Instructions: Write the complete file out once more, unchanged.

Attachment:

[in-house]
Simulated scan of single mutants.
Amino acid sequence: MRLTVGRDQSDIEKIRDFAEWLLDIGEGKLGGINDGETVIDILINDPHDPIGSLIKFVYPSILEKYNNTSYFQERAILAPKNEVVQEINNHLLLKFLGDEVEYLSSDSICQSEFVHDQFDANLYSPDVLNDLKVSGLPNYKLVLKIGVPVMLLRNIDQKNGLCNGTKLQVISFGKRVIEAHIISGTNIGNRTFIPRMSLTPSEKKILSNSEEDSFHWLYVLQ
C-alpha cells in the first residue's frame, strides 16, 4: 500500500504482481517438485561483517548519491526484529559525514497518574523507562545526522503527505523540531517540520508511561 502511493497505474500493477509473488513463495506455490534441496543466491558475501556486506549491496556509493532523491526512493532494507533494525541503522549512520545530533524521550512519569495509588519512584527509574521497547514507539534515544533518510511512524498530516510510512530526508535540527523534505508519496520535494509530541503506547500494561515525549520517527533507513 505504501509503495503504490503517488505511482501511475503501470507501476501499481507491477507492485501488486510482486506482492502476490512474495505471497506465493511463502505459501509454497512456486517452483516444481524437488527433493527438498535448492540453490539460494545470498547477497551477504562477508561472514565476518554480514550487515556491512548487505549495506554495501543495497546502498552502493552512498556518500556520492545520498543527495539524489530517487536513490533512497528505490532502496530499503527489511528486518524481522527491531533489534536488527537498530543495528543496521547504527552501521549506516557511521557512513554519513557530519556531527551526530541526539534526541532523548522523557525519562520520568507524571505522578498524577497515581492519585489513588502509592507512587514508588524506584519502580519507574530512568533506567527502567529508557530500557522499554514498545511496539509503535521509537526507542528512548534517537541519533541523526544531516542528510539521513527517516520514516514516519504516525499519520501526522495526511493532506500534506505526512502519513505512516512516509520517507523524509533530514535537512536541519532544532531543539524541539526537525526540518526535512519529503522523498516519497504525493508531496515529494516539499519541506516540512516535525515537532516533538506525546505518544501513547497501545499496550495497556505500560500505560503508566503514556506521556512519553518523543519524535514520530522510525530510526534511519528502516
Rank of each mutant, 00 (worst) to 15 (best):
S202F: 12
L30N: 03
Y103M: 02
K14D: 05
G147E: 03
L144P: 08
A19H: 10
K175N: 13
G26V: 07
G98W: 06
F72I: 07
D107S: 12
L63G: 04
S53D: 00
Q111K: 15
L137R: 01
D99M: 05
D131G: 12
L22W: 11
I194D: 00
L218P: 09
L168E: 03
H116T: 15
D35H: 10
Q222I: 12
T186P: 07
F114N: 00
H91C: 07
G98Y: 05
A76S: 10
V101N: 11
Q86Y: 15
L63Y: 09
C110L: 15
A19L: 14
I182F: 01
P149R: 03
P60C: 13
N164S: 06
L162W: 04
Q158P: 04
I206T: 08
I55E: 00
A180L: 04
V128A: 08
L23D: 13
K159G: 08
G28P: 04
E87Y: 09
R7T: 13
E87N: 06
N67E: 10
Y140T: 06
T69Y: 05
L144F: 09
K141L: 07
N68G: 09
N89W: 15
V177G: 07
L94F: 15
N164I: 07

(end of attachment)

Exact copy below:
[in-house]
Simulated scan of single mutants.
Amino acid sequence: MRLTVGRDQSDIEKIRDFAEWLLDIGEGKLGGINDGETVIDILINDPHDPIGSLIKFVYPSILEKYNNTSYFQERAILAPKNEVVQEINNHLLLKFLGDEVEYLSSDSICQSEFVHDQFDANLYSPDVLNDLKVSGLPNYKLVLKIGVPVMLLRNIDQKNGLCNGTKLQVISFGKRVIEAHIISGTNIGNRTFIPRMSLTPSEKKILSNSEEDSFHWLYVLQ
C-alpha cells in the first residue's frame, strides 16, 4: 500500500504482481517438485561483517548519491526484529559525514497518574523507562545526522503527505523540531517540520508511561 502511493497505474500493477509473488513463495506455490534441496543466491558475501556486506549491496556509493532523491526512493532494507533494525541503522549512520545530533524521550512519569495509588519512584527509574521497547514507539534515544533518510511512524498530516510510512530526508535540527523534505508519496520535494509530541503506547500494561515525549520517527533507513 505504501509503495503504490503517488505511482501511475503501470507501476501499481507491477507492485501488486510482486506482492502476490512474495505471497506465493511463502505459501509454497512456486517452483516444481524437488527433493527438498535448492540453490539460494545470498547477497551477504562477508561472514565476518554480514550487515556491512548487505549495506554495501543495497546502498552502493552512498556518500556520492545520498543527495539524489530517487536513490533512497528505490532502496530499503527489511528486518524481522527491531533489534536488527537498530543495528543496521547504527552501521549506516557511521557512513554519513557530519556531527551526530541526539534526541532523548522523557525519562520520568507524571505522578498524577497515581492519585489513588502509592507512587514508588524506584519502580519507574530512568533506567527502567529508557530500557522499554514498545511496539509503535521509537526507542528512548534517537541519533541523526544531516542528510539521513527517516520514516514516519504516525499519520501526522495526511493532506500534506505526512502519513505512516512516509520517507523524509533530514535537512536541519532544532531543539524541539526537525526540518526535512519529503522523498516519497504525493508531496515529494516539499519541506516540512516535525515537532516533538506525546505518544501513547497501545499496550495497556505500560500505560503508566503514556506521556512519553518523543519524535514520530522510525530510526534511519528502516
Rank of each mutant, 00 (worst) to 15 (best):
S202F: 12
L30N: 03
Y103M: 02
K14D: 05
G147E: 03
L144P: 08
A19H: 10
K175N: 13
G26V: 07
G98W: 06
F72I: 07
D107S: 12
L63G: 04
S53D: 00
Q111K: 15
L137R: 01
D99M: 05
D131G: 12
L22W: 11
I194D: 00
L218P: 09
L168E: 03
H116T: 15
D35H: 10
Q222I: 12
T186P: 07
F114N: 00
H91C: 07
G98Y: 05
A76S: 10
V101N: 11
Q86Y: 15
L63Y: 09
C110L: 15
A19L: 14
I182F: 01
P149R: 03
P60C: 13
N164S: 06
L162W: 04
Q158P: 04
I206T: 08
I55E: 00
A180L: 04
V128A: 08
L23D: 13
K159G: 08
G28P: 04
E87Y: 09
R7T: 13
E87N: 06
N67E: 10
Y140T: 06
T69Y: 05
L144F: 09
K141L: 07
N68G: 09
N89W: 15
V177G: 07
L94F: 15
N164I: 07